143. Memorandum From the President’s Assistant for National Security Affairs (Kissinger) to President Nixon 1


  • Ambassador Unger’s Report on Coup in Thailand

Ambassador Unger has telephoned to State (Assistant Secretary Green)2 a report of his meeting with the leaders of the coup in Thailand. This report provides significant details of the reasons for the coup and on the make-up of the new leadership structures, as follows:

  • —The leadership group consists of Field Marshal Thanom (now known as “Head of the Revolutionary Council” rather than Prime Minister), General Praphat, Pote Sarasin, and Air Marshal Dawee. These say that there are no differences among them. Thanom will be in charge of the Revolutionary Council for an undetermined period, and the country will be under martial law.
  • —The coup was undertaken in order to dismiss the Parliament and suspend the Constitution. This was done in response to what was described to Unger as a “deteriorating situation” in the country caused by the failure of the Parliament to measure up to legislative requirements such as the budget and other badly-needed pieces of legislation. Moreover, some members of the Parliament were undermining the Government by working with groups in the country seeking to broaden instability.
  • —One of the failures of the Parliament had been to impose restrictions on the terms offered for a World Bank loan, which made acceptance of this loan impossible.
  • —No foreign policy issues were involved in the coup, and there will be no change in Thai foreign policy.3 The coup leaders are hopeful that cordial relations with the U.S. will continue. When Unger pointed out that a critical reaction in the U.S. and around the world might be expected over this lapse from democracy, the leaders said that they had anticipated a reaction of this kind, but felt their move was necessary on the grounds of internal security and in order to assure decisive action with respect to internal development. (Unger suggested [Page 312]that as a public line we should express disappointment that the Thai effort to reestablish representative government had run into difficulties, note however that these are difficult times, and then hope for an early restoration of constitutional government.)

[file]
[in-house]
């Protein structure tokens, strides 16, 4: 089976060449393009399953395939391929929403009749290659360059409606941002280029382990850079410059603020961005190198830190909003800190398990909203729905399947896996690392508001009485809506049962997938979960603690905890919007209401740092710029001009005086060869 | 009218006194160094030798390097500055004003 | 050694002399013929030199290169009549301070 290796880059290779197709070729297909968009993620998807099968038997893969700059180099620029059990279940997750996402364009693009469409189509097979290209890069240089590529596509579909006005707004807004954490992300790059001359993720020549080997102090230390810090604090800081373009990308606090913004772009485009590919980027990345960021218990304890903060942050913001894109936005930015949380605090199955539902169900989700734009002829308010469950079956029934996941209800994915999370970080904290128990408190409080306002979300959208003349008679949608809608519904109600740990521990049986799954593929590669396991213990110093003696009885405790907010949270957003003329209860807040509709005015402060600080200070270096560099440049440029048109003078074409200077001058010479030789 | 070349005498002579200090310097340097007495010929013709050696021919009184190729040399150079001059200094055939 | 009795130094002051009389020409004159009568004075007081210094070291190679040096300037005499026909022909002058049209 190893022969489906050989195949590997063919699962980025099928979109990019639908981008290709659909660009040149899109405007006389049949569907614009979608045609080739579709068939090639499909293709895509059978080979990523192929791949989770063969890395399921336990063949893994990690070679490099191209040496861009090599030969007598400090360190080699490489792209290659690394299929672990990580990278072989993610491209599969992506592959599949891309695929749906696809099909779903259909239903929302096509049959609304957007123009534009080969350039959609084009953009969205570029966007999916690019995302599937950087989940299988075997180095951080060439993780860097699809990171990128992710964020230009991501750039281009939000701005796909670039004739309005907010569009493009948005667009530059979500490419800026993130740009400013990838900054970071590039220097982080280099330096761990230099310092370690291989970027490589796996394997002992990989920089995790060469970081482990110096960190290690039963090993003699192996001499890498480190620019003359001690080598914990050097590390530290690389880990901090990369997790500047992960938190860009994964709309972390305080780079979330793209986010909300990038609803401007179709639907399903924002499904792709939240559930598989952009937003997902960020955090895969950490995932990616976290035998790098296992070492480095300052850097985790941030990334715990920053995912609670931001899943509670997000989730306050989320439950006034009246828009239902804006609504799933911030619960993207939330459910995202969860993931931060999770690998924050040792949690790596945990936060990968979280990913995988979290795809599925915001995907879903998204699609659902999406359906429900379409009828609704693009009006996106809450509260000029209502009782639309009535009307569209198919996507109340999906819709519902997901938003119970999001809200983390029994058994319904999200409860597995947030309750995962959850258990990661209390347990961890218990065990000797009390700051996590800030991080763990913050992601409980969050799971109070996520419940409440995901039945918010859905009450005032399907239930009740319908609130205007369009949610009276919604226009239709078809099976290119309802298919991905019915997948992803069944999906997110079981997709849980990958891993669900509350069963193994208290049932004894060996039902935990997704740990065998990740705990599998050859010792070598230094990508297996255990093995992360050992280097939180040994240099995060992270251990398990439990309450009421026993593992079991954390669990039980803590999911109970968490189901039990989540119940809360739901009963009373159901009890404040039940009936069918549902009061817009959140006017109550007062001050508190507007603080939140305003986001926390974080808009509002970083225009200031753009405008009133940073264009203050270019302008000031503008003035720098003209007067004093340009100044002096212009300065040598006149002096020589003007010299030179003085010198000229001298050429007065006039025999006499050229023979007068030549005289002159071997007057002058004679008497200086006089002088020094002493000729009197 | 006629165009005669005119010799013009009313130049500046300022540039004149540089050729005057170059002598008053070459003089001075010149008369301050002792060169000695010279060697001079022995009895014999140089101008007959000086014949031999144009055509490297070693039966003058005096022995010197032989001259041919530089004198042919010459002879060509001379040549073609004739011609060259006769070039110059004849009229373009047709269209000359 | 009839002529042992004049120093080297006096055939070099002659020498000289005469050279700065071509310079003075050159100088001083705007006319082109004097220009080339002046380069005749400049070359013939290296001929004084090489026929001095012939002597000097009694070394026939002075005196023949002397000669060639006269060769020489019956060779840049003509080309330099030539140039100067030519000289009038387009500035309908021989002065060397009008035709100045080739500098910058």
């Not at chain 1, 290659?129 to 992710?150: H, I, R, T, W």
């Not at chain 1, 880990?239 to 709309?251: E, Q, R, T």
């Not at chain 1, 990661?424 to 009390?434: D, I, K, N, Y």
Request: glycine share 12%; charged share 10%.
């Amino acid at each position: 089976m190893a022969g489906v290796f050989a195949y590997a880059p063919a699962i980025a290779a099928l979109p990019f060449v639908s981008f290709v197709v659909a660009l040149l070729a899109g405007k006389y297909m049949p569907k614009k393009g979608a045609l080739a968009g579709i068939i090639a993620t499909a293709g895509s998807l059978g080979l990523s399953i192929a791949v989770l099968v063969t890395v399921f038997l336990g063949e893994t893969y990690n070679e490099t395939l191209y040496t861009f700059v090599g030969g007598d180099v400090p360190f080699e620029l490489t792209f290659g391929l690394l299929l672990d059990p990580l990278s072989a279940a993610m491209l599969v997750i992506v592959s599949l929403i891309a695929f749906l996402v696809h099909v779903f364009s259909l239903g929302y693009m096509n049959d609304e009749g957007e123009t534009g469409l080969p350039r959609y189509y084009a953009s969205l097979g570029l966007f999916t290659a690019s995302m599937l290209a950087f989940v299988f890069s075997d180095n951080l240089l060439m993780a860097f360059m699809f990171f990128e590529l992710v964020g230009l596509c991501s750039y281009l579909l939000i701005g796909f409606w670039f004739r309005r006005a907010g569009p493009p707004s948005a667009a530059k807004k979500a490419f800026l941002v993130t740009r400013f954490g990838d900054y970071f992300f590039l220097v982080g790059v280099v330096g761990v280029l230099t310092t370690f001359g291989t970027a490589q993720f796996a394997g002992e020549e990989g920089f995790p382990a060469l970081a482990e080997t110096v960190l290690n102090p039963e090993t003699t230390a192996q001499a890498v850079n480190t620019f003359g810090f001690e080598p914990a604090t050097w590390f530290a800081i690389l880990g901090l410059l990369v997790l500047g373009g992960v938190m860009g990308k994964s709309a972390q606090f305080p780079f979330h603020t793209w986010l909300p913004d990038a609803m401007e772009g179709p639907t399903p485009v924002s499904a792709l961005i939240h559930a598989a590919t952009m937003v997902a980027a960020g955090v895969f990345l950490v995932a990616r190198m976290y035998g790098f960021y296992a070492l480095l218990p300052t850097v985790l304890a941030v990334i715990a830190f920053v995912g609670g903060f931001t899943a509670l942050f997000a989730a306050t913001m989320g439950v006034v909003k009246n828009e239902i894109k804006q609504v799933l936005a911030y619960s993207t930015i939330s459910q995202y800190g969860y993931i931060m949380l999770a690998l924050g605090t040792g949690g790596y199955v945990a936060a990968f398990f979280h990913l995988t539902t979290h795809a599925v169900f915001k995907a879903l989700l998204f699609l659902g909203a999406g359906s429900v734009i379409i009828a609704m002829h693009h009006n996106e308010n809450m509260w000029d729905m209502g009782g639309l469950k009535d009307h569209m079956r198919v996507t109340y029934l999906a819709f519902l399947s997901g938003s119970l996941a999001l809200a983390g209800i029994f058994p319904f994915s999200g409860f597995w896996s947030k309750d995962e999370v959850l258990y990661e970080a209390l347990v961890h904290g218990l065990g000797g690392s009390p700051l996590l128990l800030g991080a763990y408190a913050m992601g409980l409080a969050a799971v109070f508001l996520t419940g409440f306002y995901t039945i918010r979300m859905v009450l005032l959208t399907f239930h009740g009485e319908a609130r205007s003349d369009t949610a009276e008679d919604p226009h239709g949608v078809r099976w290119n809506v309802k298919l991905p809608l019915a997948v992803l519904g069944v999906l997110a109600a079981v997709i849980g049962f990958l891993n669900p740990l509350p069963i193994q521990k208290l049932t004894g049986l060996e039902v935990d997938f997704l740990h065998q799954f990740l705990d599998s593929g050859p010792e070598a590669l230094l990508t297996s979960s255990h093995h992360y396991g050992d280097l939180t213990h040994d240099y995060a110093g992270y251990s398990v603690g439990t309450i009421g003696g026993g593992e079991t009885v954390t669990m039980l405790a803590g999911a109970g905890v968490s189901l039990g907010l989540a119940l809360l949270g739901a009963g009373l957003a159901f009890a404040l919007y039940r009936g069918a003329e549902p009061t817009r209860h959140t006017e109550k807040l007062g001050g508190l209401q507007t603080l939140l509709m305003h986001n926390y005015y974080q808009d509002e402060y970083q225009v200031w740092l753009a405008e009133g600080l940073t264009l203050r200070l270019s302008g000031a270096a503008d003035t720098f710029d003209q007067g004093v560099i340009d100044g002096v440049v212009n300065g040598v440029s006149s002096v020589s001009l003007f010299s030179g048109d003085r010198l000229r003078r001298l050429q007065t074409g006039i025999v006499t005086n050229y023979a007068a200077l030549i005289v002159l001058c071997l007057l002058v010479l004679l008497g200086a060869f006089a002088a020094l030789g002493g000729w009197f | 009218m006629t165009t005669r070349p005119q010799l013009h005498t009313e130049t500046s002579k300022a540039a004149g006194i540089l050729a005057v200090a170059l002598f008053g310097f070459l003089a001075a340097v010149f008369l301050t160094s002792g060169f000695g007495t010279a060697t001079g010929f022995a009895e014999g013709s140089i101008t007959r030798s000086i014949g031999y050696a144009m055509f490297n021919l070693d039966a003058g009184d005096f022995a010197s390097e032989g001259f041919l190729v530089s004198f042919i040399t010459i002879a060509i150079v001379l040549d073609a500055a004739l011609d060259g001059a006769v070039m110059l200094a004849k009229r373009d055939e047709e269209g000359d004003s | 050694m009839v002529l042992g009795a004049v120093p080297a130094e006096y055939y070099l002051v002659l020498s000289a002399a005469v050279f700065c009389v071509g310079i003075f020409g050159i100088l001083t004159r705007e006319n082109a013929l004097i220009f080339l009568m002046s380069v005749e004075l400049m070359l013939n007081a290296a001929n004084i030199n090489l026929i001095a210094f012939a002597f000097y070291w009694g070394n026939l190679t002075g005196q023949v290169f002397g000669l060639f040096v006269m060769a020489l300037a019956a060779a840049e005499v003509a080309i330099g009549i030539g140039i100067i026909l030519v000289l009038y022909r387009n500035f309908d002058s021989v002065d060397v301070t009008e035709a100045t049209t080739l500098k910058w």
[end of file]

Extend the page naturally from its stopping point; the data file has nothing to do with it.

• —There is now no Cabinet. Thanat, in meeting with a foreign correspondents group, called himself “Mr. Thanat.” Unger thought that this might be temporary, and is reserving his judgment on Thanat’s position.
  • —The King has been informed, but it is too early for his attitude to be made known. The Revolutionary group is taking full responsibility for the coup, making it plain that the King is not involved.
  • —It is also too early to know the reaction of the public and the press. Unger feels that there will be a mixed reaction, but that people will be cautious in commenting. There is no evidence of public unrest.
  • —Unger is the only foreign ambassador who has been called in to meet the new leadership and this fact has not been publicly made known.


As indicated by Ambassador Unger, there should be no change in Thai relations with the U.S. The leaders of the Revolutionary Council are in fact essentially the same ones with whom we have been dealing all along, and we can anticipate that our programs in Thailand will continue without interruption. One possible leadership casualty, how-ever, is Thanat, whose moves to make contacts with Peking have drawn some criticism from more conservative leaders such as Praphat. Praphat also had reservations about Thanat’s proposal to favor an endorsement of neutrality for Southeast Asia at an ASEAN meeting scheduled for November 25 at Kuala Lumpur.

Praphat may in fact turn out to be the new strong-man, since the coup could not have been undertaken without the military forces which he commands. Thanom was planning to step down as Prime Minister in 1972 and Praphat was considered likely to replace him; the new situation may thus have simply moved up Praphat’s succession to power even though Thanom may remain as titular head of the Revolutionary Council for some time.

I believe that we should be very cautious about commenting on the coup along the lines suggested by Ambassador Unger. There will be criticism enough on the Hill and in the media—with resulting pressure on legislation—without the Government adding to the uproar. Press guidance so far has been to say “no comment.”

  1. Source: National Archives, Nixon Presidential Materials, NSC Files, Box 564, Country Files, Far East, Thailand, Vol. VII. Secret. Sent for information. Haig signed for Kissinger. A notation on the memorandum indicates the President saw it.
  2. No record of this telephone conversation has been found.
  3. The President underlined this sentence and wrote: “K—This is what matters.”